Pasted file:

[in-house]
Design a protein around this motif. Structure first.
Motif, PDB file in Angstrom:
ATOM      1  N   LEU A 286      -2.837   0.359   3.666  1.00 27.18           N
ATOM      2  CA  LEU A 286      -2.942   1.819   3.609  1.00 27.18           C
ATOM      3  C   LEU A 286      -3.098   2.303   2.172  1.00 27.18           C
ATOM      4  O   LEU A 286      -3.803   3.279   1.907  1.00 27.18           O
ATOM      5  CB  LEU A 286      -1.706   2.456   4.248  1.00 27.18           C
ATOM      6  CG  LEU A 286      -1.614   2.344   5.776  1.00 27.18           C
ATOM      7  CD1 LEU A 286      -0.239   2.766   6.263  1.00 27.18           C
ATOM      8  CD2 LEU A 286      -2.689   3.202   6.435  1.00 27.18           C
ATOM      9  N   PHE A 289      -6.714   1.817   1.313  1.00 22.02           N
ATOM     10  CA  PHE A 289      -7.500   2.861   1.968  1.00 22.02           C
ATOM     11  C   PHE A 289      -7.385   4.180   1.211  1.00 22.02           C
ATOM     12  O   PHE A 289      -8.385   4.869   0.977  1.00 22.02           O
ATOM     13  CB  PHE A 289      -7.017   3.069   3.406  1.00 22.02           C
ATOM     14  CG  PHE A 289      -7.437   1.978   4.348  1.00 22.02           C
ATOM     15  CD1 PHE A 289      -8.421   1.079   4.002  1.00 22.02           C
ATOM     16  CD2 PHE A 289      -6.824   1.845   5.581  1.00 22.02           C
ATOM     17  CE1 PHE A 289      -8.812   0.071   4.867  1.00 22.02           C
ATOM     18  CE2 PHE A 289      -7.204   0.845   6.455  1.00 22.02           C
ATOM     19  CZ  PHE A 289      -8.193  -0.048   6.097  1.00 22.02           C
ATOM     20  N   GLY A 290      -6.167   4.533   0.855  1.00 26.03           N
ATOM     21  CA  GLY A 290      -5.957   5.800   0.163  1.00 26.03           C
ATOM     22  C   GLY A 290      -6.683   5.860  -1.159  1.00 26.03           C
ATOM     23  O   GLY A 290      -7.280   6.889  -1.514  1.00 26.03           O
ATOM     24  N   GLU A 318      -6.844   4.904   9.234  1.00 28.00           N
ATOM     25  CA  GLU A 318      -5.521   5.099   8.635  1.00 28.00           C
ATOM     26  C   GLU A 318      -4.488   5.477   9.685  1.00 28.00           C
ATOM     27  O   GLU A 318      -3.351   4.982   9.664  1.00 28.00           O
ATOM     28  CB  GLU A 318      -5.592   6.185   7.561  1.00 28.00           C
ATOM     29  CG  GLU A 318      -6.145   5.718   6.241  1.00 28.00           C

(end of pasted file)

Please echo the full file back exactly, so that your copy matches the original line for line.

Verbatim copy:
[in-house]
Design a protein around this motif. Structure first.
Motif, PDB file in Angstrom:
ATOM      1  N   LEU A 286      -2.837   0.359   3.666  1.00 27.18           N
ATOM      2  CA  LEU A 286      -2.942   1.819   3.609  1.00 27.18           C
ATOM      3  C   LEU A 286      -3.098   2.303   2.172  1.00 27.18           C
ATOM      4  O   LEU A 286      -3.803   3.279   1.907  1.00 27.18           O
ATOM      5  CB  LEU A 286      -1.706   2.456   4.248  1.00 27.18           C
ATOM      6  CG  LEU A 286      -1.614   2.344   5.776  1.00 27.18           C
ATOM      7  CD1 LEU A 286      -0.239   2.766   6.263  1.00 27.18           C
ATOM      8  CD2 LEU A 286      -2.689   3.202   6.435  1.00 27.18           C
ATOM      9  N   PHE A 289      -6.714   1.817   1.313  1.00 22.02           N
ATOM     10  CA  PHE A 289      -7.500   2.861   1.968  1.00 22.02           C
ATOM     11  C   PHE A 289      -7.385   4.180   1.211  1.00 22.02           C
ATOM     12  O   PHE A 289      -8.385   4.869   0.977  1.00 22.02           O
ATOM     13  CB  PHE A 289      -7.017   3.069   3.406  1.00 22.02           C
ATOM     14  CG  PHE A 289      -7.437   1.978   4.348  1.00 22.02           C
ATOM     15  CD1 PHE A 289      -8.421   1.079   4.002  1.00 22.02           C
ATOM     16  CD2 PHE A 289      -6.824   1.845   5.581  1.00 22.02           C
ATOM     17  CE1 PHE A 289      -8.812   0.071   4.867  1.00 22.02           C
ATOM     18  CE2 PHE A 289      -7.204   0.845   6.455  1.00 22.02           C
ATOM     19  CZ  PHE A 289      -8.193  -0.048   6.097  1.00 22.02           C
ATOM     20  N   GLY A 290      -6.167   4.533   0.855  1.00 26.03           N
ATOM     21  CA  GLY A 290      -5.957   5.800   0.163  1.00 26.03           C
ATOM     22  C   GLY A 290      -6.683   5.860  -1.159  1.00 26.03           C
ATOM     23  O   GLY A 290      -7.280   6.889  -1.514  1.00 26.03           O
ATOM     24  N   GLU A 318      -6.844   4.904   9.234  1.00 28.00           N
ATOM     25  CA  GLU A 318      -5.521   5.099   8.635  1.00 28.00           C
ATOM     26  C   GLU A 318      -4.488   5.477   9.685  1.00 28.00           C
ATOM     27  O   GLU A 318      -3.351   4.982   9.664  1.00 28.00           O
ATOM     28  CB  GLU A 318      -5.592   6.185   7.561  1.00 28.00           C
ATOM     29  CG  GLU A 318      -6.145   5.718   6.241  1.00 28.00           C